Coronavirus and Your Lungs
Sars-cov-2 is a virus that causes novel coronavirus 19 and belongs to the coronavirus family.
When the virus enters your body, it will contact the mucous membranes of your nose, mouth and eyes. The virus enters healthy cells and uses the cells to make new viral parts. It reproduces and new viruses infect nearby cells.
Think of your respiratory tract as an upside down tree. The trunk is your windpipe or windpipe. It splits into smaller and smaller branches in your lung. At the end of each branch is a small air sac called a alveolus. This is where oxygen enters the blood and carbon dioxide is discharged.
This novel coronavirus can infect the upper or lower respiratory tract. It spreads along your respiratory tract. Lining may be irritated and inflamed. In some cases, the infection can go all the way to the alveoli.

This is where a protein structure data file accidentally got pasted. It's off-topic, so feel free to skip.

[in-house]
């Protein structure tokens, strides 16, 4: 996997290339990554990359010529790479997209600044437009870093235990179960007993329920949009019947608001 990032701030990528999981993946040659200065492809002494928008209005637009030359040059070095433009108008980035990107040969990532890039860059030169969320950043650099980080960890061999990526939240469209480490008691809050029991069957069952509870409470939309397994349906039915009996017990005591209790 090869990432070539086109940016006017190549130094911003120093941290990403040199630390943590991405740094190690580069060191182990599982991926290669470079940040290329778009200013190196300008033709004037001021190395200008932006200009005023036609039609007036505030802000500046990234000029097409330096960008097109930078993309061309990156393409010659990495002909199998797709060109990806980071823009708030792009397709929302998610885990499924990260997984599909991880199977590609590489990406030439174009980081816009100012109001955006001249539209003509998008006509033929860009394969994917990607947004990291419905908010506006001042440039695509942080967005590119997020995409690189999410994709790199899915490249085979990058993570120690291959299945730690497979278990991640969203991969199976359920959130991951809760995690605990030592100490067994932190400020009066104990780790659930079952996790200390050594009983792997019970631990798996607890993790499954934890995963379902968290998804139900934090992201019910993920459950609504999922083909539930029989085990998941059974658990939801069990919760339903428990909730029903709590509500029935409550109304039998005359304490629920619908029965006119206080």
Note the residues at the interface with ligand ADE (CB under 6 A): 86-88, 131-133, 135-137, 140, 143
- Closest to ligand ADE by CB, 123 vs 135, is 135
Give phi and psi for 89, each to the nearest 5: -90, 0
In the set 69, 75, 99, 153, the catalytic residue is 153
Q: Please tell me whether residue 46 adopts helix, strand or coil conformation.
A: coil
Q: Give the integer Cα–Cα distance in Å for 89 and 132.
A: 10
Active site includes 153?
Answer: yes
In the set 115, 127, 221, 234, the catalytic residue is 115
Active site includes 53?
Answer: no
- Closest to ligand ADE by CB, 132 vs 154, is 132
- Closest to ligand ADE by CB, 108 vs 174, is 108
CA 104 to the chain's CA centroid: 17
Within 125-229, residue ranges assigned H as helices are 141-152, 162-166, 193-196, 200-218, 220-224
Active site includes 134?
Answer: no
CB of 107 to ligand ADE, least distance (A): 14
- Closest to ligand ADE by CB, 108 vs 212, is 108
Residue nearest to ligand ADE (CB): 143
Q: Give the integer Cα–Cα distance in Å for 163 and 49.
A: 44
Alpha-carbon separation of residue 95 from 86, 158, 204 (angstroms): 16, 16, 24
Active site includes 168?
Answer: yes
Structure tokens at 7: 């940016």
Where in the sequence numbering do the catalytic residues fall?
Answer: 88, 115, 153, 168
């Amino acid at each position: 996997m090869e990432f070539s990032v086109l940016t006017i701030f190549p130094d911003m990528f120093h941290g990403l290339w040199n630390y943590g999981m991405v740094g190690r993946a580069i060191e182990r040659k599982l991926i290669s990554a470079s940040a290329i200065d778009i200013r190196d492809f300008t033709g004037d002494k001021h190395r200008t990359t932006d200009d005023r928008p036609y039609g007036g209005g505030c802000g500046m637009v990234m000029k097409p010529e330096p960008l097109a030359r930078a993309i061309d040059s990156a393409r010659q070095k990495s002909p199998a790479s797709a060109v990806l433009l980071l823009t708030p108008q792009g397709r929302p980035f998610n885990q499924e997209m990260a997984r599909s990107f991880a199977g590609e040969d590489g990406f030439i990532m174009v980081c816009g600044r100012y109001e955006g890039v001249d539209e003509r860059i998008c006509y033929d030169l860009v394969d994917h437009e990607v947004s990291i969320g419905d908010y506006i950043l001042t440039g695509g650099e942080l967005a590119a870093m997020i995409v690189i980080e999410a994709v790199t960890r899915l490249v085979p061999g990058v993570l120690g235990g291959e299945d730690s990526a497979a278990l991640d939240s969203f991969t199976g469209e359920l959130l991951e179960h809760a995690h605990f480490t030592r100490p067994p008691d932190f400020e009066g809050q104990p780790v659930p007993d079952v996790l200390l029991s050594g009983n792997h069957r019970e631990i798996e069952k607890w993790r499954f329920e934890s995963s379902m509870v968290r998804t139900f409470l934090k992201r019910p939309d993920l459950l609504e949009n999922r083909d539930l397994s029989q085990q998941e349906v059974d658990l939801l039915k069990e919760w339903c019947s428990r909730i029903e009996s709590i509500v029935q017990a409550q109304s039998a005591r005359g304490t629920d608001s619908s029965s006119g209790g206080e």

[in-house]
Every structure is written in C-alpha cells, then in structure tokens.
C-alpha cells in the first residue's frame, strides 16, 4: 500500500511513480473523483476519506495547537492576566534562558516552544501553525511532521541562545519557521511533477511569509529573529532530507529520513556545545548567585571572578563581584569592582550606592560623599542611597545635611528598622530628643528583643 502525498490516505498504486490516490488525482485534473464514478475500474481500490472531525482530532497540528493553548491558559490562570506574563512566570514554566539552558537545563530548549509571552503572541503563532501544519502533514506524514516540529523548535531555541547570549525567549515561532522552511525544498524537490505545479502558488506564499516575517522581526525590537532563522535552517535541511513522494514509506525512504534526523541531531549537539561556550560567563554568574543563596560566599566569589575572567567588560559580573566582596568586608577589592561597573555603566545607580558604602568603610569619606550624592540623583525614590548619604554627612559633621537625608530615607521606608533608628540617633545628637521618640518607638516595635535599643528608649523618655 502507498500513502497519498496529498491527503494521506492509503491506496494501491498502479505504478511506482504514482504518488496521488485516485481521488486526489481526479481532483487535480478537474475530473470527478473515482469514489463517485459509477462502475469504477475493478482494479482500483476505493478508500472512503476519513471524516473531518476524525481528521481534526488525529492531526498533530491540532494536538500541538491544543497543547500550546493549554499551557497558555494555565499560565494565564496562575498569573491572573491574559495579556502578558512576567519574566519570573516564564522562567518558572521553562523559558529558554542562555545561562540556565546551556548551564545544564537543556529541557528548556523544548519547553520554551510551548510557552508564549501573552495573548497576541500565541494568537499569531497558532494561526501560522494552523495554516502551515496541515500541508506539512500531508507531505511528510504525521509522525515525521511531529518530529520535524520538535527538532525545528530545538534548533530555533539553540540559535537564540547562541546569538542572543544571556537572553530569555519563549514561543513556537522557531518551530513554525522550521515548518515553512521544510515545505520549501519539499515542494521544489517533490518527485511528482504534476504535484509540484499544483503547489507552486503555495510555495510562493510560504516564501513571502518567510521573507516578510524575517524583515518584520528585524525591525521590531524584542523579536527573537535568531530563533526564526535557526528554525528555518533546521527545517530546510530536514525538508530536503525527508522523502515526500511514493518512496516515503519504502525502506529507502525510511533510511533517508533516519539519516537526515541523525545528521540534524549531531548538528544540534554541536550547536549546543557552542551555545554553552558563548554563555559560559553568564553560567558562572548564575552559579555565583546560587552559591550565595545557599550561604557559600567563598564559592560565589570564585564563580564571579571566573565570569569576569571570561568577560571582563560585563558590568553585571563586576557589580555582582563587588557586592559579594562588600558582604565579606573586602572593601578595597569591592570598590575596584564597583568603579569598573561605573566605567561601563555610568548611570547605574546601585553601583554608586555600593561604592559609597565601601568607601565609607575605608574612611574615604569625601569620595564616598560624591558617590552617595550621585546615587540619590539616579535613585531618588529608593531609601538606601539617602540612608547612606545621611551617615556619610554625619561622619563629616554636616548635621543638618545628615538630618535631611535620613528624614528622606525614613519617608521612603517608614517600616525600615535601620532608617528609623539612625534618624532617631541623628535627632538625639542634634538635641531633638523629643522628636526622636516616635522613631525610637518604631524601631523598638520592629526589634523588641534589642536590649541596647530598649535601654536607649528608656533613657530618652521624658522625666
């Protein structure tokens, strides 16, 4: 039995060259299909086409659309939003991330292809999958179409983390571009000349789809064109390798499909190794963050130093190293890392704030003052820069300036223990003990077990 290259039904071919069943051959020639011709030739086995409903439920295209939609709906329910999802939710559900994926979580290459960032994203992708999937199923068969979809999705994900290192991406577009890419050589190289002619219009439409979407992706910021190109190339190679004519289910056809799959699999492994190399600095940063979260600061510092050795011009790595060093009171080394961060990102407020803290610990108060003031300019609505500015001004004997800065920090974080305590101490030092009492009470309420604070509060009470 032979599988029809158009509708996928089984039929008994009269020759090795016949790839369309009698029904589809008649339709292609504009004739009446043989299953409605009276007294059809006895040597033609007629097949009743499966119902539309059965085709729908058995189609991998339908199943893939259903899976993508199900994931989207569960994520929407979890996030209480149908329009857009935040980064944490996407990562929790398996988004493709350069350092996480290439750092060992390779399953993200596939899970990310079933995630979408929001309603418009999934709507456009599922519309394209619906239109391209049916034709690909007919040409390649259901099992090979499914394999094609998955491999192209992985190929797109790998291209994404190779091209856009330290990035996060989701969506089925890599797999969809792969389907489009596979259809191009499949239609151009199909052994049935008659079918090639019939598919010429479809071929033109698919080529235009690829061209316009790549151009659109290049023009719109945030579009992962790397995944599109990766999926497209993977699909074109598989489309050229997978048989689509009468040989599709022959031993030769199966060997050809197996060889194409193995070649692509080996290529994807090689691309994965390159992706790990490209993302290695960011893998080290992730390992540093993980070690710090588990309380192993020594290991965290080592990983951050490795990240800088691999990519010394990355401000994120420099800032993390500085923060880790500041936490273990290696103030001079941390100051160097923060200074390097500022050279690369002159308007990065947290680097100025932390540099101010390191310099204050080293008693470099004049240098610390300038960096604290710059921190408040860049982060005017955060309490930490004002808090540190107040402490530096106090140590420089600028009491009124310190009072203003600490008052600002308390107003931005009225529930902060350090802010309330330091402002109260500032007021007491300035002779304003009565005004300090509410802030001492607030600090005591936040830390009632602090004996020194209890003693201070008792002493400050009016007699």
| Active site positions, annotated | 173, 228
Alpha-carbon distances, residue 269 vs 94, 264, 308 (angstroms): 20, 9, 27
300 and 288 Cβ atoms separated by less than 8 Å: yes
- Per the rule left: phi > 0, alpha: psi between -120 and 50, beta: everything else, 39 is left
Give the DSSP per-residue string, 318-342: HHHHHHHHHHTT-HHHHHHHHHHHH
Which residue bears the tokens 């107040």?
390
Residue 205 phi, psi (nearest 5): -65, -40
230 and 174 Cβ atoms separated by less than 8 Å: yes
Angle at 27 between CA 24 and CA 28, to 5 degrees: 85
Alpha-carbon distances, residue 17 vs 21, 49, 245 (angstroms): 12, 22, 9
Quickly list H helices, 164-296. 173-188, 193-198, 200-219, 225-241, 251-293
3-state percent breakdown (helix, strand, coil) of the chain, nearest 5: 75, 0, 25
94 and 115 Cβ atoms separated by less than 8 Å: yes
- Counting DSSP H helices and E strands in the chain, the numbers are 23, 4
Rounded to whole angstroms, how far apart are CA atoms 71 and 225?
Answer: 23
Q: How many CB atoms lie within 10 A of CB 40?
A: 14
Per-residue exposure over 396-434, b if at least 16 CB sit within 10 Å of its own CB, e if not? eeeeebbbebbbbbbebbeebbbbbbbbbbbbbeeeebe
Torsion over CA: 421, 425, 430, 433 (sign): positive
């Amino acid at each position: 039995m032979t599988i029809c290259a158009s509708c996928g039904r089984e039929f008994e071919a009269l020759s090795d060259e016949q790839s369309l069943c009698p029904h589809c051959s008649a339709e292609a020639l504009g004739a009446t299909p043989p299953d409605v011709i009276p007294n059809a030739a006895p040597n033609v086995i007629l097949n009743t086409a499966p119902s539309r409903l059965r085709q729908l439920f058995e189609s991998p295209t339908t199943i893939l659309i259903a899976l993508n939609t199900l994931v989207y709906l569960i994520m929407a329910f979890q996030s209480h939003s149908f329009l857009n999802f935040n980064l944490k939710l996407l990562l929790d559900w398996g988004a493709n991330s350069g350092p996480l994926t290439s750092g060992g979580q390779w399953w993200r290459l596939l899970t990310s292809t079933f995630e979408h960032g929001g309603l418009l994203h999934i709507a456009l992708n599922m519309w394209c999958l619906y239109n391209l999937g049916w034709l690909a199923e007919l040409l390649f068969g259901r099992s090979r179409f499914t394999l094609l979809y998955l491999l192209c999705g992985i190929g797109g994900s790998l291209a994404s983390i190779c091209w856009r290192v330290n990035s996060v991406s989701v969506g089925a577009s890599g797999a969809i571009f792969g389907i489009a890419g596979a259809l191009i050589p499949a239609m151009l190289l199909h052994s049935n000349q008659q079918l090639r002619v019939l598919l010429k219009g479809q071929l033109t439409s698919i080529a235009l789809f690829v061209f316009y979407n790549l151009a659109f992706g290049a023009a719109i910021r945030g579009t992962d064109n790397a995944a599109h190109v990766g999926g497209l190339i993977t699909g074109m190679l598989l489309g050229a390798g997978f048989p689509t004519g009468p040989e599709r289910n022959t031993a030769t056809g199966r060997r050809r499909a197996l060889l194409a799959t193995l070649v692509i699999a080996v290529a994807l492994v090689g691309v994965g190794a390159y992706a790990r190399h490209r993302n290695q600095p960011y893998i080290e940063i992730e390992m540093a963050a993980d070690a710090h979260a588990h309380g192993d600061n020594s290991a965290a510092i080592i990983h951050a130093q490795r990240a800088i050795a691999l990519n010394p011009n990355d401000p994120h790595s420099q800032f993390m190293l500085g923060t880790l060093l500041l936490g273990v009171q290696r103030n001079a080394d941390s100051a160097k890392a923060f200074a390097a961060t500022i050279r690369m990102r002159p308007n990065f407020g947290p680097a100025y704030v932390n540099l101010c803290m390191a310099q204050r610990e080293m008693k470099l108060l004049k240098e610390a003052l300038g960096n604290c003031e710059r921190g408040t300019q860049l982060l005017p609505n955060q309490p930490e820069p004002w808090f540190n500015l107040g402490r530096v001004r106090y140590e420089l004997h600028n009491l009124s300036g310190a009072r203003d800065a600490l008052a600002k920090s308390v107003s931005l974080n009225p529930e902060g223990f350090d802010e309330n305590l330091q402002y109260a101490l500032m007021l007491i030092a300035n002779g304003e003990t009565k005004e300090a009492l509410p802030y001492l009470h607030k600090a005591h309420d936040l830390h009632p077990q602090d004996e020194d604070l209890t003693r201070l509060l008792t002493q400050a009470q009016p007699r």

2019 coronavirus disease is a new disease. Scientists are learning about its effects on the lungs every day. They believe that the impact on the body is similar to the other two coronavirus diseases, namely severe acute respiratory syndrome (SARS) and Middle East respiratory syndrome (mers).